Another stand presents a large white plastic suitcase marked “sac un” in block letters and signed in black marker: John Lennon. The seller explains that this is one of the few undamaged examples of 25 gifts given at an event organized by John and Yoko. He takes the suitcase out of the display case, opens it and shows us that hidden inside are a series of lithographs based on sketches by Lennon. Some of them are erotic drawings of Yoko alone or with him. The first in the series is a sketch of the two in bed with photographers opposite, preparing for the iconic 1981 cover of Rolling Stone magazine in which John, naked, kisses a clothed Yoko in their bed. John’s drawing style is charming; he clearly had talent, and we remember that he started out as an art student before turning to music.
The vendors, who hang around their stalls all day, are eager to pull out a volume and let us feel it, explaining its context if they have information that might be of interest to them. I find these little conferences delightful. Sometimes another browser knows more about the item than the sellers. Another appeal of the Fair is being able to engage in conversations with knowledgeable strangers about whatever you’re watching. Someone let us know about James Joyce’s reviews of Ulysses and the highs and lows of John Barrymore’s film career (while inspecting an early edition of the first and a poster for a film featuring the second). It’s wonderful to be able to go from inspecting Antonio Scaino’s first tennis book to a 20-volume set of the Complete Works of George Sand to a portfolio of Japanese erotica.
Curiosities aside, what makes the Fair so special is that it’s about books. Books with covers and pages have, in a society dominated by social media and other types of online trash, become functionally obsolete.
I recently walked into a bookstore in New Haven, Connecticut, and was confronted with a bookcase labeled “Geoffrey Hartman’s Library”. Hartman was a venerable scholar of literature who spent most of his career at Yale. His books, collected on the shelves of this second-hand bookshop, had a poignant aspect. A few gaps in the shelves showed that a volume here and there had been purchased, but most of the time the books scowled at me, annoyed at the likelihood that they would sit on those shelves in perpetuity. A memento mori, you might say, for the way reputations are fading, but also for the fact that not only the individual but also the individual library is expendable these days. There are, of course, exceptions, such as that of the JP Morgan Library in New York and the Rosenbach Library in Philadelphia, although in these cases the enormous wealth places the collections in a different sphere. Very wealthy people could collect already rare works and place them in opulent settings. Without such trappings, a motley collection of German, French, Hebrew, and English scholarly texts is doomed to languish.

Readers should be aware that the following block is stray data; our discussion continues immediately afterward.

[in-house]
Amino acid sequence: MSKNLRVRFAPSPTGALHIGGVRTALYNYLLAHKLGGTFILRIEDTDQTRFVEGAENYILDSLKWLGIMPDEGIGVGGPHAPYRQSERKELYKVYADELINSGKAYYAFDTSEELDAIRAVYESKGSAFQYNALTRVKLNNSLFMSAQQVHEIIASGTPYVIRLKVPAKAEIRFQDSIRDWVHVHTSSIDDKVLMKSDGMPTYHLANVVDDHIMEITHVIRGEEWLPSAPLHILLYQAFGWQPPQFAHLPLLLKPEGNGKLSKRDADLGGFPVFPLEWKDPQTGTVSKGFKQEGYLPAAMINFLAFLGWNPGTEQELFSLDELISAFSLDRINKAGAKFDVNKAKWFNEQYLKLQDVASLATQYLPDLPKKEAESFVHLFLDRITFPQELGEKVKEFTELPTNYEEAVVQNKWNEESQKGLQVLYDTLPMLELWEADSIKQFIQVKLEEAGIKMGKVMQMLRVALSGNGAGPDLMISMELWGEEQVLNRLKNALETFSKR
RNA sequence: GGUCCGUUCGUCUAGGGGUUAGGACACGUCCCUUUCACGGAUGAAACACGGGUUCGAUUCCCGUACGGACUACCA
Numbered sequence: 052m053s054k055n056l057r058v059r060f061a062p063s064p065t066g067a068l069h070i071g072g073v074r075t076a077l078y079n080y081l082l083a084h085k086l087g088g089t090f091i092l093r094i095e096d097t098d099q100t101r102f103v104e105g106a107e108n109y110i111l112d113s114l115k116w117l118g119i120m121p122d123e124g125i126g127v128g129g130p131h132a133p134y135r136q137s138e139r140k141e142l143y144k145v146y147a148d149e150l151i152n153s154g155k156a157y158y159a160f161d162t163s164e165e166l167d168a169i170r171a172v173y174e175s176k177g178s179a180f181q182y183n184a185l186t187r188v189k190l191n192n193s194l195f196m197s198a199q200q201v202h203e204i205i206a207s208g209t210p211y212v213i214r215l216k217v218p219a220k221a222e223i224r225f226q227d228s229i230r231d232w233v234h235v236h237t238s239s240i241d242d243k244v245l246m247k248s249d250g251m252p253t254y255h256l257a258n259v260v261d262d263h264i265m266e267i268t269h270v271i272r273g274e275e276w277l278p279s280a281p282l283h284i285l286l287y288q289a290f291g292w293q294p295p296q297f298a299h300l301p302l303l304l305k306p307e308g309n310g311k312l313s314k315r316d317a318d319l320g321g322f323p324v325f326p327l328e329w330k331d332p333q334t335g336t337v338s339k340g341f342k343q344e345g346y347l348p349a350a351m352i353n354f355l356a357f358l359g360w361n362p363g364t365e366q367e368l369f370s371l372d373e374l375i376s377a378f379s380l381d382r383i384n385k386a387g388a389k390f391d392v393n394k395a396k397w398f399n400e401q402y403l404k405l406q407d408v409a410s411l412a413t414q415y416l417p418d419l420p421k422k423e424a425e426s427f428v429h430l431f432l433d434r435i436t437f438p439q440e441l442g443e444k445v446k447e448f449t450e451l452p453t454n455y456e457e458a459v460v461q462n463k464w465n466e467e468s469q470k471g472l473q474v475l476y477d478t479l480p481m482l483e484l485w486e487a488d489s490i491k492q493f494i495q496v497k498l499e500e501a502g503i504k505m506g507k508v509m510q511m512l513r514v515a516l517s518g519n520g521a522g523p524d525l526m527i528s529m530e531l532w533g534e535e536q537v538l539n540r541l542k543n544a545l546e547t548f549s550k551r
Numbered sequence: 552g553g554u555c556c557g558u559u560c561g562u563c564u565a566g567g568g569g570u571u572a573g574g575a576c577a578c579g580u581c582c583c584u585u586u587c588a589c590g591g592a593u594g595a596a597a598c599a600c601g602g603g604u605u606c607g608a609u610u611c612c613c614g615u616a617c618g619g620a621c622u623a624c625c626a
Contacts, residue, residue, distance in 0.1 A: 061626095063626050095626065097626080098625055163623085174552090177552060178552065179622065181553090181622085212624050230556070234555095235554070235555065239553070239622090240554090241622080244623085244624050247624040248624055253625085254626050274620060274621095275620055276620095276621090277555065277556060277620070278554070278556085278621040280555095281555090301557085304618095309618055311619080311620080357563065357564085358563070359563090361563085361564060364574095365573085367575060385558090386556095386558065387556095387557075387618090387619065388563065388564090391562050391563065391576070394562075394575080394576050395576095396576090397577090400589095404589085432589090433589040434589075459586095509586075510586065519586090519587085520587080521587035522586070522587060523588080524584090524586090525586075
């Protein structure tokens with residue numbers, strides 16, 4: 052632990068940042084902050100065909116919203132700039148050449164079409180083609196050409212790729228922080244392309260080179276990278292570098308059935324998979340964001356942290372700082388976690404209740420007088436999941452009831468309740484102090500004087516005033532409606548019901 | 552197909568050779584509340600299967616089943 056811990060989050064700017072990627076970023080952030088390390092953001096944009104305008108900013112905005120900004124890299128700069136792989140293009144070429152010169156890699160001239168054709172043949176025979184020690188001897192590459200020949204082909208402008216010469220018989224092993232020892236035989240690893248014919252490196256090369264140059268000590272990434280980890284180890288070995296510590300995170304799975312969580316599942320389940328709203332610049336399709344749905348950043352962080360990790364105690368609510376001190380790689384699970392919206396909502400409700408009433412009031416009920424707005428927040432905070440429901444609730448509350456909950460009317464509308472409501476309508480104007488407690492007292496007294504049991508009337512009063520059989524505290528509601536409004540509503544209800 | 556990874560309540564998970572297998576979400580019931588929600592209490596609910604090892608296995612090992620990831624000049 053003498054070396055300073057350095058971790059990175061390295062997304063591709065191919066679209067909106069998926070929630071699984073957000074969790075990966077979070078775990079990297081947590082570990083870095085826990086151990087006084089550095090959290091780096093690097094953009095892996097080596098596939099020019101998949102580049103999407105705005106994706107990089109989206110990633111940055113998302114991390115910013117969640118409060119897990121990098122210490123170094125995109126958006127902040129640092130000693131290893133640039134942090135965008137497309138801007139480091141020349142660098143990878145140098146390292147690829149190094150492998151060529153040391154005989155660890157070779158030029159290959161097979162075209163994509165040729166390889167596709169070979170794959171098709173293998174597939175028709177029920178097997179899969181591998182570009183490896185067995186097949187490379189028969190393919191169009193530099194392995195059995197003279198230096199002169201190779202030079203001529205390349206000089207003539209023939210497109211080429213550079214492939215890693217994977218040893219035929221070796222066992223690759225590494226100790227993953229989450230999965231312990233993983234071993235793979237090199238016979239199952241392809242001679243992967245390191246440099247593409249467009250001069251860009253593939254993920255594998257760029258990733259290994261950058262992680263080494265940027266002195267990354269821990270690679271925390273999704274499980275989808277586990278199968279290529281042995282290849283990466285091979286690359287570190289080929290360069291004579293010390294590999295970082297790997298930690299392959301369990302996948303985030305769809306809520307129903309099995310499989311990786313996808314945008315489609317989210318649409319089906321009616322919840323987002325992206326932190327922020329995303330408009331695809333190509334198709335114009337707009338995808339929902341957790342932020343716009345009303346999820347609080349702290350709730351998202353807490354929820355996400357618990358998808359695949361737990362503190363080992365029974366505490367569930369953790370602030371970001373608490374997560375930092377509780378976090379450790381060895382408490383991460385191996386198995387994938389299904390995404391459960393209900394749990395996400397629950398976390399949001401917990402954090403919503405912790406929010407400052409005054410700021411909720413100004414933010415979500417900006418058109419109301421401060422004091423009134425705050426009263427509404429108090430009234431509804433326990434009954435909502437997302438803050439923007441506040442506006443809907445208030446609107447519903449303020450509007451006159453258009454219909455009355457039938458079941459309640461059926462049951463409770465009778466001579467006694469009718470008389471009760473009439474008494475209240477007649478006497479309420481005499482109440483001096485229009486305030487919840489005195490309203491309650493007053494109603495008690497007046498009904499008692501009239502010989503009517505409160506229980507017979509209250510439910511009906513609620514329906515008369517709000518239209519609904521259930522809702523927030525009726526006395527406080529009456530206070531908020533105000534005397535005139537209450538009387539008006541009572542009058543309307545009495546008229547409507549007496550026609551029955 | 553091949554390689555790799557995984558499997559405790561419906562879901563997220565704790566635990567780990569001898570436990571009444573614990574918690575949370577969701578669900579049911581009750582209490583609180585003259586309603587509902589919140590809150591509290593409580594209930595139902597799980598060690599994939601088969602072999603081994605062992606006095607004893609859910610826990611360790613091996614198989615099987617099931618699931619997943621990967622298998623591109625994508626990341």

Perhaps the term ‘antiquaire’, which traditionally referred to old and valuable books, often first editions and manuscripts, now seems to me to apply to all books. Books, by definition, have become, if not antiquarian, archaic in their material form. They have become artifacts.
I have hundreds of books on my Kindle, as my eyes seem to get worse every year. I appreciate the bright screen and the ability to change the font size as needed. These books exist as shiny postage stamps on the app’s Library page, while the books on the shelves in my apartment are getting more dated and covered in dust every year. It seems indulgent to buy more, because once read they are rarely read again and simply take up more space and gather more dust. Still, a room without books wouldn’t feel like home. It would barely look like a room. That is why, perhaps, the fair’s magnificent books seem to attract buyers.
Indeed, one could argue that even books that have no value in themselves have begun to acquire an “aura.” This is the term used by literary critic Walter Benjamin (arguably a major figure in Geoffrey Hartman’s library) whose “The Work of Art in the Age of Mechanical Reproduction” is a classic contribution to cultural theory. . Benjamin posited that the art – the original art – was tied to a particular time and place so that it had an aura associated with the artist’s hand. If the artist became famous, this explained the high prices that went to his original work. Works that weren’t original — that is, posters and reproductions — lacked that aura. The same goes for books, which are supposed to be reproducible by definition. Unlike the original manuscripts, the printed volumes, by being mass-produced and separated from the hand of the artist, carried no aura.
But that may have changed. We have entered a new era in which mechanical reproduction has been largely replaced by digital reproduction. As a result, the material book becomes rarer and more important; he acquires the “aura” attached to his materiality. This materiality – and the beauty that comes with it – shines brighter when besieged by computerized versions of itself.
I suspect that in a generation or two, walking into a house with shelves full of books will be like walking into a house with quirky artwork on the walls. Both will be rare occurrences – even if the art isn’t by an old master or even if the books aren’t first editions or even classics. Their material presence on the shelves will provide enough aura.•